The ladies’ round-up: the best stories of the weekFebruary, 2015
Charley Hull, The Princess Royal and Northamptonshire lead the way
Oh the new Wizard of Oz
Charley Hull and Holly Clyburn missed out on the chance to kick off 2015 with a victory. Both English girls went into the final round of the RACV Ladies Masters in a share of the lead but it was Australian teenager Su-Hyun Oh who won on just her second start as a pro.
Hull, who tied for second with compatriot Florentyna Parker and Aussie Katherine Kirk, will rue her efforts at the 6th. She had an air shot in trying to return her ball to the fairway before taking a drop en route to a treble-bogey seven.
She did though finish with an eagle to finish on a high.
Clyburn had a day to forget, closing with a 77 to slip well down the leaderboard.
But Oh was the star of the show having kicked off her professional career with a second place, this time she closed with four straight birdies to earn a two-year exemption.
Afterwards the 18-year-old, who was the number one amateur in 2013, revealed that some encouragement from her idol Karrie Webb had helped her over the line.
“I spoke to Karrie. I asked her: ‘what do I need to do, you’ve won this eight times.’”
“Karrie said ‘just don’t think, just do it kind of. Just let it go, just keep doing what you’re doing.”
She did to win by three shots.
R&A announces first female members
Belle Robertson will be 79 in April and still plays off 2 at Royal Troon, she is also now a member of the R&A.
The Scot is one of 14 new members, honorary and regular, after a glittering amateur career in which she was Scottish Women’s champion seven times and nine appearances in the Curtis Cup.
Though there are no plans to play in any R&A competitions despite her still very competitive handicap.
Dame Laura Davies, Annika Sorenstam and Louise Suggs are the other most notable golfing names in the honorary list.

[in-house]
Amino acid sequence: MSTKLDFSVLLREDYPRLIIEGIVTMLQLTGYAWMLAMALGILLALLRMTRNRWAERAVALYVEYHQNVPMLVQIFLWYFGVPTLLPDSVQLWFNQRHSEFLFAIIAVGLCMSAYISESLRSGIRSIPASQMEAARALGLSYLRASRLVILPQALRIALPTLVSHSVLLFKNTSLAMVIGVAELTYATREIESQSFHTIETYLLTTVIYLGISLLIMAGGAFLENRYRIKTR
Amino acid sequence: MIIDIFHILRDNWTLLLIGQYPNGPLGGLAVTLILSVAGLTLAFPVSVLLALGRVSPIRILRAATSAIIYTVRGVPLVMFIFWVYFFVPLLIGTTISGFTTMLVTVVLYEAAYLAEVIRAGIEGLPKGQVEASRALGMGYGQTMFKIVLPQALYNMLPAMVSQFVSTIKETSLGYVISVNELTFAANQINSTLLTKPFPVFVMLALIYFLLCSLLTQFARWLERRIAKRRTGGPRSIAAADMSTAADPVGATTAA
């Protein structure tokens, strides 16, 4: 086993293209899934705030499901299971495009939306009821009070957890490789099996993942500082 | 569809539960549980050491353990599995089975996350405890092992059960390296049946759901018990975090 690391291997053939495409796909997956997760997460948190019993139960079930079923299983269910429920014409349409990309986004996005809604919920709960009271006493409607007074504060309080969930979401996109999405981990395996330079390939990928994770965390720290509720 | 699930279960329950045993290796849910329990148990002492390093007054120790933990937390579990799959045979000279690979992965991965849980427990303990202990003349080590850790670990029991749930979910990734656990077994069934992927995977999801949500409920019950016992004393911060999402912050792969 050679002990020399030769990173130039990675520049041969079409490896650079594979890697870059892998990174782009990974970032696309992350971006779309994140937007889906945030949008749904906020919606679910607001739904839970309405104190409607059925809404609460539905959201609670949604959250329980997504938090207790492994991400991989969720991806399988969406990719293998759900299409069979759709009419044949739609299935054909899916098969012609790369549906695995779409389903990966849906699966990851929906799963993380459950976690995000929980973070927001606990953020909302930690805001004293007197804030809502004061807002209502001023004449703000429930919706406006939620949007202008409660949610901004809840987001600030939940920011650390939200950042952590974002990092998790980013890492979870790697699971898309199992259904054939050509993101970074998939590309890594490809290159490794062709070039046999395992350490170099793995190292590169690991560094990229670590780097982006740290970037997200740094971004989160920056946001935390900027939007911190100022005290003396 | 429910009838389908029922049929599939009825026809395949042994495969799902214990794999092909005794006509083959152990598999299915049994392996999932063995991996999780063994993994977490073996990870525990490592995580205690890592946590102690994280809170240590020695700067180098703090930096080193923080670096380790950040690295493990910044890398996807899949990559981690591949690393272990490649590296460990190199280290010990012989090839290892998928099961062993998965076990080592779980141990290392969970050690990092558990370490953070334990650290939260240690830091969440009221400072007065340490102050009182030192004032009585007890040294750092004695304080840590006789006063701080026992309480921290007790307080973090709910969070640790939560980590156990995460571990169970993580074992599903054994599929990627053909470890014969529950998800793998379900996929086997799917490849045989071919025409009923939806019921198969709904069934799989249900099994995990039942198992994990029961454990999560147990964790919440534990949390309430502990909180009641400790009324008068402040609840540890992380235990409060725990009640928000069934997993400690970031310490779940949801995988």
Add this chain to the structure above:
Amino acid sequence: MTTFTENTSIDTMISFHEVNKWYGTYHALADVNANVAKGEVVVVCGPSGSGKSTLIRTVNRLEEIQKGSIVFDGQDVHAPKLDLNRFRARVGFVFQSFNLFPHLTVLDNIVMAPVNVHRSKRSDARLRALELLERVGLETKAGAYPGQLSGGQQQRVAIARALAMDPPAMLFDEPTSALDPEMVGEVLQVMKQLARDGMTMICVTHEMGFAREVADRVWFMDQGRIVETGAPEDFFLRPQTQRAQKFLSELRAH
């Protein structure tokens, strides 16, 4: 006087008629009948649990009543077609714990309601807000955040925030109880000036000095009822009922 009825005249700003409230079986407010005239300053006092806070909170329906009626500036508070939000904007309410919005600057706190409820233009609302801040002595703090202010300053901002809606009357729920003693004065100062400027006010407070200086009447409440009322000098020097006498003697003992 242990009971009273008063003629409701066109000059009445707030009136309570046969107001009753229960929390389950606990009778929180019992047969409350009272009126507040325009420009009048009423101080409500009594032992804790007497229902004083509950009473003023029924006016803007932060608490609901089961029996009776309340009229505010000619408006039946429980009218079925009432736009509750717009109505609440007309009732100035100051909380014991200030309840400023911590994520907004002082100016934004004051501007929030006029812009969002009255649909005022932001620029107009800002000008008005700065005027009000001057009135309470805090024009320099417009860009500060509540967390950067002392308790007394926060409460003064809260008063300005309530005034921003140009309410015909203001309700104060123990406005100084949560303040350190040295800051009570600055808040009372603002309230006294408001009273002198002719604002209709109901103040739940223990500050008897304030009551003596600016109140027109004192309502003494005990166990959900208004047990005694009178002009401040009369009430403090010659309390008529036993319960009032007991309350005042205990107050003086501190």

The Princess Royal also makes the list. Her last comments on the game were less than complimentary: “Golf seems to me to be an arduous way to go for a walk – I’d prefer to take the dogs out.”
Dame Laura Davies, Annika Sorenstam and Louise Suggs are the other most notable golfing names in the honorary list
Northamptonshire leads the way
Northamptonshire’s golfers have become the first in the country to vote to merge their ladies’ and men’s county organisations.
At separate but simultaneous meetings, the men of the Northamptonshire Golf Union and the women of the Northamptonshire Ladies’ County Golf Association both unanimously agreed to take the historic step.
Union president David Foley said: “This is a fantastic outcome following months of work by the men and women of the respective county committees.
“We have demonstrated we can work together in a harmonious and effective manner. We are all looking forward to the challenges ahead and are excited by the new opportunities this merger offers us.
Following the merger, the new company – named Northamptonshire Golf Ltd – will be run by a board of directors of either gender, elected on the basis of “the best person for the job”.
The benefits which are envisaged include streamlining administration and the production and implementation of a co-ordinated plan for golf development in the county. The single organisation will better represent the county’s golf at local and national level.
Sky Sports picks up the rights for the Women’s British Open
The Women’s British Open will be shown on Sky Sports from 2017, going the same way as the men’s Open Championship.
The Ladies Golf Union and IMG who look after the championship have secured a five-year deal with the satellite broadcaster which will begin in 2017 meaning that all four days will be shown on Sky.
The statement read: “The Ladies Golf Union and IMG can confirm a new five-year broadcast agreement for the Ricoh Women’s British Open with the UK’s two largest sports broadcasters, Sky and the BBC, running from 2017-2021, in an arrangement similar to that announced last week by the R&A for the Open Championship.”
Similar but also different in that the BBC has been left with just a one-hour highlights package for the WBO as opposed to two for the men’s Open.
So, as from 2017 the only live golf that the BBC will televise will be the final two rounds of the Masters.
The BBC will be at the live controls for this year’s Women’s British Open at Turnberry before bringing the curtain down on a long-standing relationship at Woburn.
The brave new dawn gets underway at Kingsbarns in 2017, the first time the course has staged a Major.